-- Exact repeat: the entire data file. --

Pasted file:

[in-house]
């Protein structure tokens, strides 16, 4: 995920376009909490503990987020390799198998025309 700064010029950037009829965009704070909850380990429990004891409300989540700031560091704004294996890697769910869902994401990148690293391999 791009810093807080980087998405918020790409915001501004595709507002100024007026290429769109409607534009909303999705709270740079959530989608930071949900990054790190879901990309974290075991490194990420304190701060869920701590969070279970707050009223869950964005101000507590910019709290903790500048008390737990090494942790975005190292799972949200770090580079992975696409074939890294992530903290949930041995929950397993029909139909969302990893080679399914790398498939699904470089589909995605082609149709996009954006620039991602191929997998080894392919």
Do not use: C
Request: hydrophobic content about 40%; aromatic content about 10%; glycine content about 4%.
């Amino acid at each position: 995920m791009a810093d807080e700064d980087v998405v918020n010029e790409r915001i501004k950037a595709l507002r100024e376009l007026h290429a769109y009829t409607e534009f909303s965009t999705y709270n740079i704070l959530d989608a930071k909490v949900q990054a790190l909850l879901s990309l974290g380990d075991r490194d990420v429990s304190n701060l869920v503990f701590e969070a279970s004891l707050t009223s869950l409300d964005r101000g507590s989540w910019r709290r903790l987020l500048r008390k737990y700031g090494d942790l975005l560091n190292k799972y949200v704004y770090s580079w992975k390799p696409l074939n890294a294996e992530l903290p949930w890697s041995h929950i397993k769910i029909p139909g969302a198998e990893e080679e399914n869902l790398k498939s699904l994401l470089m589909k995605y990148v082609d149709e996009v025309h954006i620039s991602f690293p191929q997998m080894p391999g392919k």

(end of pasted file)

[in-house]
């Protein structure tokens, strides 16, 4: 995920376009909490503990987020390799198998025309 700064010029950037009829965009704070909850380990429990004891409300989540700031560091704004294996890697769910869902994401990148690293391999 791009810093807080980087998405918020790409915001501004595709507002100024007026290429769109409607534009909303999705709270740079959530989608930071949900990054790190879901990309974290075991490194990420304190701060869920701590969070279970707050009223869950964005101000507590910019709290903790500048008390737990090494942790975005190292799972949200770090580079992975696409074939890294992530903290949930041995929950397993029909139909969302990893080679399914790398498939699904470089589909995605082609149709996009954006620039991602191929997998080894392919």
Do not use: C
Request: hydrophobic content about 40%; aromatic content about 10%; glycine content about 4%.
């Amino acid at each position: 995920m791009a810093d807080e700064d980087v998405v918020n010029e790409r915001i501004k950037a595709l507002r100024e376009l007026h290429a769109y009829t409607e534009f909303s965009t999705y709270n740079i704070l959530d989608a930071k909490v949900q990054a790190l909850l879901s990309l974290g380990d075991r490194d990420v429990s304190n701060l869920v503990f701590e969070a279970s004891l707050t009223s869950l409300d964005r101000g507590s989540w910019r709290r903790l987020l500048r008390k737990y700031g090494d942790l975005l560091n190292k799972y949200v704004y770090s580079w992975k390799p696409l074939n890294a294996e992530l903290p949930w890697s041995h929950i397993k769910i029909p139909g969302a198998e990893e080679e399914n869902l790398k498939s699904l994401l470089m589909k995605y990148v082609d149709e996009v025309h954006i620039s991602f690293p191929q997998m080894p391999g392919k």